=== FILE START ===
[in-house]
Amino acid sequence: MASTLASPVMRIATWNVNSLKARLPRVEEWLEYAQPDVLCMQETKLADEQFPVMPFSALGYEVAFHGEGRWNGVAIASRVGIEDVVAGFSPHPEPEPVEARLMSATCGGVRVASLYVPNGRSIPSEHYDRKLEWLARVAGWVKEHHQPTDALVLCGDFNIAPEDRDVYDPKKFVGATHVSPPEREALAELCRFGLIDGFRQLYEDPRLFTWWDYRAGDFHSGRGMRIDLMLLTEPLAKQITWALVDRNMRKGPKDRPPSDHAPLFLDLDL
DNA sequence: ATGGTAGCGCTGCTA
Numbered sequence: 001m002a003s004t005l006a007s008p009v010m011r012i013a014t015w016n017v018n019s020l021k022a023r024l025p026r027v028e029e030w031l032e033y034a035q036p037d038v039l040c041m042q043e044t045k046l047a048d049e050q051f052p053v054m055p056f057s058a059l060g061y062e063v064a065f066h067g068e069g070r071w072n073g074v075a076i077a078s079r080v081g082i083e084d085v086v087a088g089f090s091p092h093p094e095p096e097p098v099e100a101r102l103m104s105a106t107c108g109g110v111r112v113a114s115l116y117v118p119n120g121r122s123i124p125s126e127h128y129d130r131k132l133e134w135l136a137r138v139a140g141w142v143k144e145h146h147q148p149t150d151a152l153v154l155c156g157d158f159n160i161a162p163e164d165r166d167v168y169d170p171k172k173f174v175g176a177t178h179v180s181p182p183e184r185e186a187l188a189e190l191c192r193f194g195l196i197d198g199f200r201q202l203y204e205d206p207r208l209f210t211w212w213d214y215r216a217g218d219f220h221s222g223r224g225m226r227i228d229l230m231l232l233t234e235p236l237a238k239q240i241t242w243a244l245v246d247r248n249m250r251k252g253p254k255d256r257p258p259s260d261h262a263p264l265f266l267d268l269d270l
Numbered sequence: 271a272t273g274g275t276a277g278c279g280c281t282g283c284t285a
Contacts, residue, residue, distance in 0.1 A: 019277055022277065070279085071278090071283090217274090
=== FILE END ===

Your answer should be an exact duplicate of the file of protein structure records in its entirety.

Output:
[in-house]
Amino acid sequence: MASTLASPVMRIATWNVNSLKARLPRVEEWLEYAQPDVLCMQETKLADEQFPVMPFSALGYEVAFHGEGRWNGVAIASRVGIEDVVAGFSPHPEPEPVEARLMSATCGGVRVASLYVPNGRSIPSEHYDRKLEWLARVAGWVKEHHQPTDALVLCGDFNIAPEDRDVYDPKKFVGATHVSPPEREALAELCRFGLIDGFRQLYEDPRLFTWWDYRAGDFHSGRGMRIDLMLLTEPLAKQITWALVDRNMRKGPKDRPPSDHAPLFLDLDL
DNA sequence: ATGGTAGCGCTGCTA
Numbered sequence: 001m002a003s004t005l006a007s008p009v010m011r012i013a014t015w016n017v018n019s020l021k022a023r024l025p026r027v028e029e030w031l032e033y034a035q036p037d038v039l040c041m042q043e044t045k046l047a048d049e050q051f052p053v054m055p056f057s058a059l060g061y062e063v064a065f066h067g068e069g070r071w072n073g074v075a076i077a078s079r080v081g082i083e084d085v086v087a088g089f090s091p092h093p094e095p096e097p098v099e100a101r102l103m104s105a106t107c108g109g110v111r112v113a114s115l116y117v118p119n120g121r122s123i124p125s126e127h128y129d130r131k132l133e134w135l136a137r138v139a140g141w142v143k144e145h146h147q148p149t150d151a152l153v154l155c156g157d158f159n160i161a162p163e164d165r166d167v168y169d170p171k172k173f174v175g176a177t178h179v180s181p182p183e184r185e186a187l188a189e190l191c192r193f194g195l196i197d198g199f200r201q202l203y204e205d206p207r208l209f210t211w212w213d214y215r216a217g218d219f220h221s222g223r224g225m226r227i228d229l230m231l232l233t234e235p236l237a238k239q240i241t242w243a244l245v246d247r248n249m250r251k252g253p254k255d256r257p258p259s260d261h262a263p264l265f266l267d268l269d270l
Numbered sequence: 271a272t273g274g275t276a277g278c279g280c281t282g283c284t285a
Contacts, residue, residue, distance in 0.1 A: 019277055022277065070279085071278090071283090217274090